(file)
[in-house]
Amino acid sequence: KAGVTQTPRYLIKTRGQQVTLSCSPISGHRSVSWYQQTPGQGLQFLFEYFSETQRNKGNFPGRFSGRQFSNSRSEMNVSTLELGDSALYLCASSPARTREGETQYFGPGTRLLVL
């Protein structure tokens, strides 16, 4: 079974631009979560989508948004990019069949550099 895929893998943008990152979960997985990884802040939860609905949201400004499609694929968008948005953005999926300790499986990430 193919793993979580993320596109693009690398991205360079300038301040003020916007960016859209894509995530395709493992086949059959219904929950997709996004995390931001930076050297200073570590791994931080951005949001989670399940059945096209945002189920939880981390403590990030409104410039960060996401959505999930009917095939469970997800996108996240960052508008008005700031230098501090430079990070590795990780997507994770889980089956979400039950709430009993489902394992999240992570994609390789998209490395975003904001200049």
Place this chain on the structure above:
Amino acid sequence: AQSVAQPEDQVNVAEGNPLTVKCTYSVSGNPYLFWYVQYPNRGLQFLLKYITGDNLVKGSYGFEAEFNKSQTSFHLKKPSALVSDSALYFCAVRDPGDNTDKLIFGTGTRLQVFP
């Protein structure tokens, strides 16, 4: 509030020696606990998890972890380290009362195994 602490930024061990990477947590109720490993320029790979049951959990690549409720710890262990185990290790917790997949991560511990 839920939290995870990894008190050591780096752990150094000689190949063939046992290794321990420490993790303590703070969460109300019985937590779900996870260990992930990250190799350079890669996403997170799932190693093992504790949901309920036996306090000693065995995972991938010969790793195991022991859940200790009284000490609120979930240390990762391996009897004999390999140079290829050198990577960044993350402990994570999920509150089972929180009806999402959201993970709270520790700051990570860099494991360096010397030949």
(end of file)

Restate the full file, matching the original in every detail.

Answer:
[in-house]
Amino acid sequence: KAGVTQTPRYLIKTRGQQVTLSCSPISGHRSVSWYQQTPGQGLQFLFEYFSETQRNKGNFPGRFSGRQFSNSRSEMNVSTLELGDSALYLCASSPARTREGETQYFGPGTRLLVL
């Protein structure tokens, strides 16, 4: 079974631009979560989508948004990019069949550099 895929893998943008990152979960997985990884802040939860609905949201400004499609694929968008948005953005999926300790499986990430 193919793993979580993320596109693009690398991205360079300038301040003020916007960016859209894509995530395709493992086949059959219904929950997709996004995390931001930076050297200073570590791994931080951005949001989670399940059945096209945002189920939880981390403590990030409104410039960060996401959505999930009917095939469970997800996108996240960052508008008005700031230098501090430079990070590795990780997507994770889980089956979400039950709430009993489902394992999240992570994609390789998209490395975003904001200049």
Place this chain on the structure above:
Amino acid sequence: AQSVAQPEDQVNVAEGNPLTVKCTYSVSGNPYLFWYVQYPNRGLQFLLKYITGDNLVKGSYGFEAEFNKSQTSFHLKKPSALVSDSALYFCAVRDPGDNTDKLIFGTGTRLQVFP
């Protein structure tokens, strides 16, 4: 509030020696606990998890972890380290009362195994 602490930024061990990477947590109720490993320029790979049951959990690549409720710890262990185990290790917790997949991560511990 839920939290995870990894008190050591780096752990150094000689190949063939046992290794321990420490993790303590703070969460109300019985937590779900996870260990992930990250190799350079890669996403997170799932190693093992504790949901309920036996306090000693065995995972991938010969790793195991022991859940200790009284000490609120979930240390990762391996009897004999390999140079290829050198990577960044993350402990994570999920509150089972929180009806999402959201993970709270520790700051990570860099494991360096010397030949």